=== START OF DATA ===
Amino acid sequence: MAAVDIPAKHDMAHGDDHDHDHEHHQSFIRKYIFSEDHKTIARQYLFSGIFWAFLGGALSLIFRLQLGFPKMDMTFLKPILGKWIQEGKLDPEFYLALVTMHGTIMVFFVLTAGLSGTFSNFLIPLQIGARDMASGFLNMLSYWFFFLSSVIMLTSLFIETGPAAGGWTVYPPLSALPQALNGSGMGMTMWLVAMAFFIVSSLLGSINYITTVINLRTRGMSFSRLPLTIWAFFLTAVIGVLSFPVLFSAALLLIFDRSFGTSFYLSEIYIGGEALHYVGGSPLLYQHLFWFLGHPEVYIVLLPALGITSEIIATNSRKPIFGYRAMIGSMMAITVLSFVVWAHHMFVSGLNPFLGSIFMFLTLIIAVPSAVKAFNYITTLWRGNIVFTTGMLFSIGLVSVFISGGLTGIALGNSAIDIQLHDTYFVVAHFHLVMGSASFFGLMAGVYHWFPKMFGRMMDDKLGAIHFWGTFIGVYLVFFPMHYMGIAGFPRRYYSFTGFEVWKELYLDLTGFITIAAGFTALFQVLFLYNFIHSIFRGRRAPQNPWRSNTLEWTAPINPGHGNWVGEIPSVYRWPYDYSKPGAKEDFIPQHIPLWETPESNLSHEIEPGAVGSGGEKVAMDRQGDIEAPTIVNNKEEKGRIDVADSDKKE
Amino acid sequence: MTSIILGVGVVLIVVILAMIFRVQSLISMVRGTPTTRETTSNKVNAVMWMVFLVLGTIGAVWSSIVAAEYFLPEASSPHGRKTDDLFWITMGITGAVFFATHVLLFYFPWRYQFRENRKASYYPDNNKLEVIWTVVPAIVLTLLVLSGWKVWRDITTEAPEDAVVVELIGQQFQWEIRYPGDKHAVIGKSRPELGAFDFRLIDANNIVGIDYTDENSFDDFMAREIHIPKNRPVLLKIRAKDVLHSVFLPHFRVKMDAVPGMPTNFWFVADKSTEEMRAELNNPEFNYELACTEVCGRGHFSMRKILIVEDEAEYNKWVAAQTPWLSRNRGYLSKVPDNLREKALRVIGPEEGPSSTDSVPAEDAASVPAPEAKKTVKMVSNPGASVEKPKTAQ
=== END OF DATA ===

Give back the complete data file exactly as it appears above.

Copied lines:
Amino acid sequence: MAAVDIPAKHDMAHGDDHDHDHEHHQSFIRKYIFSEDHKTIARQYLFSGIFWAFLGGALSLIFRLQLGFPKMDMTFLKPILGKWIQEGKLDPEFYLALVTMHGTIMVFFVLTAGLSGTFSNFLIPLQIGARDMASGFLNMLSYWFFFLSSVIMLTSLFIETGPAAGGWTVYPPLSALPQALNGSGMGMTMWLVAMAFFIVSSLLGSINYITTVINLRTRGMSFSRLPLTIWAFFLTAVIGVLSFPVLFSAALLLIFDRSFGTSFYLSEIYIGGEALHYVGGSPLLYQHLFWFLGHPEVYIVLLPALGITSEIIATNSRKPIFGYRAMIGSMMAITVLSFVVWAHHMFVSGLNPFLGSIFMFLTLIIAVPSAVKAFNYITTLWRGNIVFTTGMLFSIGLVSVFISGGLTGIALGNSAIDIQLHDTYFVVAHFHLVMGSASFFGLMAGVYHWFPKMFGRMMDDKLGAIHFWGTFIGVYLVFFPMHYMGIAGFPRRYYSFTGFEVWKELYLDLTGFITIAAGFTALFQVLFLYNFIHSIFRGRRAPQNPWRSNTLEWTAPINPGHGNWVGEIPSVYRWPYDYSKPGAKEDFIPQHIPLWETPESNLSHEIEPGAVGSGGEKVAMDRQGDIEAPTIVNNKEEKGRIDVADSDKKE
Amino acid sequence: MTSIILGVGVVLIVVILAMIFRVQSLISMVRGTPTTRETTSNKVNAVMWMVFLVLGTIGAVWSSIVAAEYFLPEASSPHGRKTDDLFWITMGITGAVFFATHVLLFYFPWRYQFRENRKASYYPDNNKLEVIWTVVPAIVLTLLVLSGWKVWRDITTEAPEDAVVVELIGQQFQWEIRYPGDKHAVIGKSRPELGAFDFRLIDANNIVGIDYTDENSFDDFMAREIHIPKNRPVLLKIRAKDVLHSVFLPHFRVKMDAVPGMPTNFWFVADKSTEEMRAELNNPEFNYELACTEVCGRGHFSMRKILIVEDEAEYNKWVAAQTPWLSRNRGYLSKVPDNLREKALRVIGPEEGPSSTDSVPAEDAASVPAPEAKKTVKMVSNPGASVEKPKTAQ